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never heard of. in the interest of journalistic efforts, i'm jumping on a plane to go to maui to to some research. i'll write the whole thing off as research. megyn: google the judge alex kazinski. yoga doesn't qualify. it would be hard for me to take them seriously if i had seen any of them doing yoga or zumba. zumba is hard. it's a latin dance routine you do in the aerobics studio. you never felt so awkward in your life. you are looking dumb. >> reporter: yeah, all right. just learned about zumba, but i appreciate it. megyn: have you had that same
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feeling? i. a new report suggests the doj has a bombshell backup plan in case this law gets struck down. the details are 3 minutes away. so exciting to look at the capitol dome. we are getting news in the showdown between darrell issa and the attorney general. we'll show you the possibility that the attorney general will be held in contempt of congress by this time tomorrow. >> of 140,000 documents how many are responsive that you are withholding at this time. >> we produced 7,600. >> i don't want to hear about the 7,600.
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yeah, and the unique zipwik tab targets the blood and pulls it in. so easy. yep. freestyle lite needs just a third the blood of onetouch ultra. really? so testing is one less thing i have to worry about today. great. call or click today and get strips and a meter free. test easy. megyn: fox news alert. the news is breaking on fast and furious in the showdown congress calls a doj cover imlupt botched gun running situation. darrell issa is supposed to meet with attorney general holder tonight at 5:00 p.m. there is a *'s committee is scheduled to vote tomorrow on whether to hold mr. holder in contempt of congress for failing to produce thousands of subpoenaed documents. >> we had a series of letters back and forth in which we asked
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for document. they say they have document. we hope we receive those document before the 5:00 meeting. that was a contingent requirement for the meeting. >> reporter: there was back and forth about the time and place. >> it's not about meeting, it's about getting documents that show who is responsible for:brian terry's murder and who is responsible for lying to congress and the american people about guns walking. meg are wanted them produced before tonight's 5:00 p.m. meeting. it has not happened. we shall see if it happens prior to the meeting. we could be hours away from the u.s. supreme court's decision on arizona's controversial immigration law. that law went into effect july 29, 2010. under it police must ask for an i.d. if they have reasonable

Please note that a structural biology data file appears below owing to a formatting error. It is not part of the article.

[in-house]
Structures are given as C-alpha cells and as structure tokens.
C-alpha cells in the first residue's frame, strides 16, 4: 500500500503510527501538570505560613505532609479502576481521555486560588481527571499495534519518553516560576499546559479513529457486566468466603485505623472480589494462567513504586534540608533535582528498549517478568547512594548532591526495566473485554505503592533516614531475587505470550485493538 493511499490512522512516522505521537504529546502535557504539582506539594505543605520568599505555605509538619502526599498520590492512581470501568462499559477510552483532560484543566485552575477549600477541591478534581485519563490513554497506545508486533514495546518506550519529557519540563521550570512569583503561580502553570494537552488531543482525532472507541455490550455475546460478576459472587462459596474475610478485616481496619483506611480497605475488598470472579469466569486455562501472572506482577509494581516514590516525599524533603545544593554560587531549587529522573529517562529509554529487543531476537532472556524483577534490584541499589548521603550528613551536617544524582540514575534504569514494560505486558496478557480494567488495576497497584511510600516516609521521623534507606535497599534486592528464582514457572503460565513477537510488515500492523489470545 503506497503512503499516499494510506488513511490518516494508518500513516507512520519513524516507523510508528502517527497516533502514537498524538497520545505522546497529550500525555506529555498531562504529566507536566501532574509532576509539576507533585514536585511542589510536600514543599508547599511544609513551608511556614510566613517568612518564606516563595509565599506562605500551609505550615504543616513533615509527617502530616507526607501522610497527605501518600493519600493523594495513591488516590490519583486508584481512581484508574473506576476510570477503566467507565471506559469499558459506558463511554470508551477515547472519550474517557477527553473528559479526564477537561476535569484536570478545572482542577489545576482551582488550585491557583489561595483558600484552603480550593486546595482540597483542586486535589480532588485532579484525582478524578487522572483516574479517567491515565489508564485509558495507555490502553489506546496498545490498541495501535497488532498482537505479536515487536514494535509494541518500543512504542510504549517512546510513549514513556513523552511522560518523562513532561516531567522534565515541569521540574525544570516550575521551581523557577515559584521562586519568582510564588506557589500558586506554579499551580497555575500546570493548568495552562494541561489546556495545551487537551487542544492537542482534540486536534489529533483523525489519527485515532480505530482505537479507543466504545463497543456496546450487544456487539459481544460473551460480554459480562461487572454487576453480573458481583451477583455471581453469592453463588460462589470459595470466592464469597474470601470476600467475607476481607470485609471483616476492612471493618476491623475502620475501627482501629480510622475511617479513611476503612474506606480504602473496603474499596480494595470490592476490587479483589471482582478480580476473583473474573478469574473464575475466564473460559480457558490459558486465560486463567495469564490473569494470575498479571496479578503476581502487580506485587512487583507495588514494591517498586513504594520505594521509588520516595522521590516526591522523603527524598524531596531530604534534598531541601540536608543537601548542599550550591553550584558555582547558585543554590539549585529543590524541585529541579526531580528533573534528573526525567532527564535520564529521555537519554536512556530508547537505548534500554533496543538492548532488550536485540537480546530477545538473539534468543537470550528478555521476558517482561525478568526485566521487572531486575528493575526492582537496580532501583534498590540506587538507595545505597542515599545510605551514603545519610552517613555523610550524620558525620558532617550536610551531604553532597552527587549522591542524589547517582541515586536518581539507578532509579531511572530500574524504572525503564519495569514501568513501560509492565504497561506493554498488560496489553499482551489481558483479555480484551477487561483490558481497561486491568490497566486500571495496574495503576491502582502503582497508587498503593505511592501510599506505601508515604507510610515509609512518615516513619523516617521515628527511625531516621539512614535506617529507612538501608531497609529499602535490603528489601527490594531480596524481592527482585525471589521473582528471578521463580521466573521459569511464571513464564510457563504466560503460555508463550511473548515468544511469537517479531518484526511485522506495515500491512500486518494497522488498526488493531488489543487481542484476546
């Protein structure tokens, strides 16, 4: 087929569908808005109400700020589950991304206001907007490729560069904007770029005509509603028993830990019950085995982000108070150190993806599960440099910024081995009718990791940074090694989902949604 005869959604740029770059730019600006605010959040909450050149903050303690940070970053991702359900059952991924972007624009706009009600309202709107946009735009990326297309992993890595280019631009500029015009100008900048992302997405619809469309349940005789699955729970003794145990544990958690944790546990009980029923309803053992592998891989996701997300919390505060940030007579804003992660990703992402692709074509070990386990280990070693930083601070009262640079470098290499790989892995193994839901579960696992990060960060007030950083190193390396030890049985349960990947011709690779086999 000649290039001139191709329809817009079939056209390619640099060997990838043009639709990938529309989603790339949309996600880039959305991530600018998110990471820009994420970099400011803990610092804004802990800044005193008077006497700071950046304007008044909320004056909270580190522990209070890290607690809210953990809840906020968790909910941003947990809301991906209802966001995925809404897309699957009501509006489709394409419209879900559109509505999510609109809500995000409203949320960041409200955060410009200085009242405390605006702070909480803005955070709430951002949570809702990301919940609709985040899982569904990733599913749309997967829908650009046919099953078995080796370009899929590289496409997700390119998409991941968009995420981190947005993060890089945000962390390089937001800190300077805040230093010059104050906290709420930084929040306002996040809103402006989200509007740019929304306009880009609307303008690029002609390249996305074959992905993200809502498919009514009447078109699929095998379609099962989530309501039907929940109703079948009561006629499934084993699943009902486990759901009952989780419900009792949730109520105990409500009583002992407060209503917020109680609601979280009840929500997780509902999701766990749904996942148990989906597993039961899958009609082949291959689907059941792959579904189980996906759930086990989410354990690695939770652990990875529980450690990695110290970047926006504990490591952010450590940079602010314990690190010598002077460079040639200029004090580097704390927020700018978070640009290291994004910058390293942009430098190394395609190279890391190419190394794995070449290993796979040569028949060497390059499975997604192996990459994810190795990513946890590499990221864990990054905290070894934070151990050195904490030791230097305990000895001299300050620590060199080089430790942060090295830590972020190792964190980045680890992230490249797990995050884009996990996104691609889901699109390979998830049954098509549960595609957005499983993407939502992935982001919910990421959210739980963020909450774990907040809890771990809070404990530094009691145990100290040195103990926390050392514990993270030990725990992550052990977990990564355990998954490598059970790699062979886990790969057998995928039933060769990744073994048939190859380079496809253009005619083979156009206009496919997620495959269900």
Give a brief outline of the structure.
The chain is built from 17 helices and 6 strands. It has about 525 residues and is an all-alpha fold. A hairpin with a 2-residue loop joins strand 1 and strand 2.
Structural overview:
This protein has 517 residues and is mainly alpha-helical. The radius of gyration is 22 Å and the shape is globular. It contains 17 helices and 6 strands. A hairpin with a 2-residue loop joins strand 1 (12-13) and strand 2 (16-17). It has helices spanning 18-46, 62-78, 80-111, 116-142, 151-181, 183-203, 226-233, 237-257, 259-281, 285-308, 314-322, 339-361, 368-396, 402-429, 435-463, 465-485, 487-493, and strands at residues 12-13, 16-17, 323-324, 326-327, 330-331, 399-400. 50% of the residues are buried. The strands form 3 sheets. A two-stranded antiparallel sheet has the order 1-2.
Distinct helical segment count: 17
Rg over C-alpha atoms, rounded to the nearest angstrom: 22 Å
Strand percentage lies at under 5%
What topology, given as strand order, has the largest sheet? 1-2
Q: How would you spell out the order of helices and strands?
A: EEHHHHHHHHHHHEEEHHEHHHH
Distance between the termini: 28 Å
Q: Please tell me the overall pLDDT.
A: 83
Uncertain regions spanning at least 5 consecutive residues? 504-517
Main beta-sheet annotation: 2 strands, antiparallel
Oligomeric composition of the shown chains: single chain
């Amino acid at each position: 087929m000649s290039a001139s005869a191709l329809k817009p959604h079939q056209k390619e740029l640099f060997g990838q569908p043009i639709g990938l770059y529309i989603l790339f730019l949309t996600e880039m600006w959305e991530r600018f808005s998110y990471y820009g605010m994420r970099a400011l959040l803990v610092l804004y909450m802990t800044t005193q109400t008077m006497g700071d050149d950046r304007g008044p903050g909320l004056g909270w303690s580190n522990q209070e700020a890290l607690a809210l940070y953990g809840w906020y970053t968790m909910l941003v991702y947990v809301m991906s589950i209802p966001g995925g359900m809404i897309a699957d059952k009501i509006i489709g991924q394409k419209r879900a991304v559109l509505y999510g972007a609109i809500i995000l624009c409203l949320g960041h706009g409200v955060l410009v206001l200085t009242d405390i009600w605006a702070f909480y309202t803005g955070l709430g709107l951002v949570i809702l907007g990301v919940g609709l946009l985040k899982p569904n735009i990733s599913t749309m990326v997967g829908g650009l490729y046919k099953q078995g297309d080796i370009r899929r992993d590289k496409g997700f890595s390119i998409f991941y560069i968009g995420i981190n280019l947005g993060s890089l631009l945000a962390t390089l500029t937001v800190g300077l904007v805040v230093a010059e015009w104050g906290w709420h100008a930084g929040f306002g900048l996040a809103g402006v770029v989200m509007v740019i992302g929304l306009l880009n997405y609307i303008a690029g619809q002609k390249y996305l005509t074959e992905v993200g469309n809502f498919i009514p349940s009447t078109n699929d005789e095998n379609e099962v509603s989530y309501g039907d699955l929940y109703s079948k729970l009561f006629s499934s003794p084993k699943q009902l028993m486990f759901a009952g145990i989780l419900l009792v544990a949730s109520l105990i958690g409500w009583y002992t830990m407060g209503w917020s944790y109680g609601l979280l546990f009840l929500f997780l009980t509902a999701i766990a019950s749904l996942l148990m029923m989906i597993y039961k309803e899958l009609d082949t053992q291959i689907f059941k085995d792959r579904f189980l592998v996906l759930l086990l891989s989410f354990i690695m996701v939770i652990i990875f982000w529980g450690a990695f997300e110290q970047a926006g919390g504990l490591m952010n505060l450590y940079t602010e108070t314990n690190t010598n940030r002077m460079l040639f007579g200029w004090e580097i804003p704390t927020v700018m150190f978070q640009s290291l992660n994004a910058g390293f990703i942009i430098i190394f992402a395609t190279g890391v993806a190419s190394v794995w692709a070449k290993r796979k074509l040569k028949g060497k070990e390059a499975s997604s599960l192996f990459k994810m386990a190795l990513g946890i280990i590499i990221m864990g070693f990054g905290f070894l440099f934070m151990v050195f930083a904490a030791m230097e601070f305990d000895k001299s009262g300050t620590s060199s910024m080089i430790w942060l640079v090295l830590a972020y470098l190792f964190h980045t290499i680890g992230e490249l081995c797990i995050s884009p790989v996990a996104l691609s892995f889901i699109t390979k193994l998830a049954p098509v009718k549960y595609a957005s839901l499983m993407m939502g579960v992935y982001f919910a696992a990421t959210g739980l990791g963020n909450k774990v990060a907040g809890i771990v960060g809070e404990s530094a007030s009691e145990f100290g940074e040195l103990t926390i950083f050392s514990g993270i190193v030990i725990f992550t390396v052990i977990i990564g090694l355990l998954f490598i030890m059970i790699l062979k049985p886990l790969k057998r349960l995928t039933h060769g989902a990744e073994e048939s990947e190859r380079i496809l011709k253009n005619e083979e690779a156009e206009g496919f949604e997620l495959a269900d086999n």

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suspicion someone they stopped this this country illegally. ration profiling is not allowed. under federal law legal resident aliens are already required to carry registration cars. the arizona governor signed the law because she believes there is a lack of enforcement. but before we get a decision opponents are already laying the foundation to shut the dow lawn through other means if it survives scrutiny at the highest court in the land. joining me is leslie marshall and lars larson. there is another case known as friendly house versus whiting. and our viewers may remember that despite the president warning that you would go for an ice cream and get pulled over and asked for your papers in arizona when the government challenged it they never claimedration profiling or d they never claimedration
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profiling. if the high court upholds the law as challenged by the feds, all bets will be on friendly house versus whiting. >> you understand what's going on here. the president is trying to pander to hispanic voters. he did it last friday with his unconstitutional and illegal move to avoid enforcing the law. now he told his justice department to go after states like arizona. it doesn't matter how many cases they lose, they will keep on doing this. but it does a disservice to legal residents of the united states whether they are hispanic or from any other place. the laws should be enforced. california has very strict environmental laws that go way above the federal laws and the epa, and you don't seat government suing california saying you can't enforce our environmental laws in california or have laws that are even tougher. yet with arizona they say you as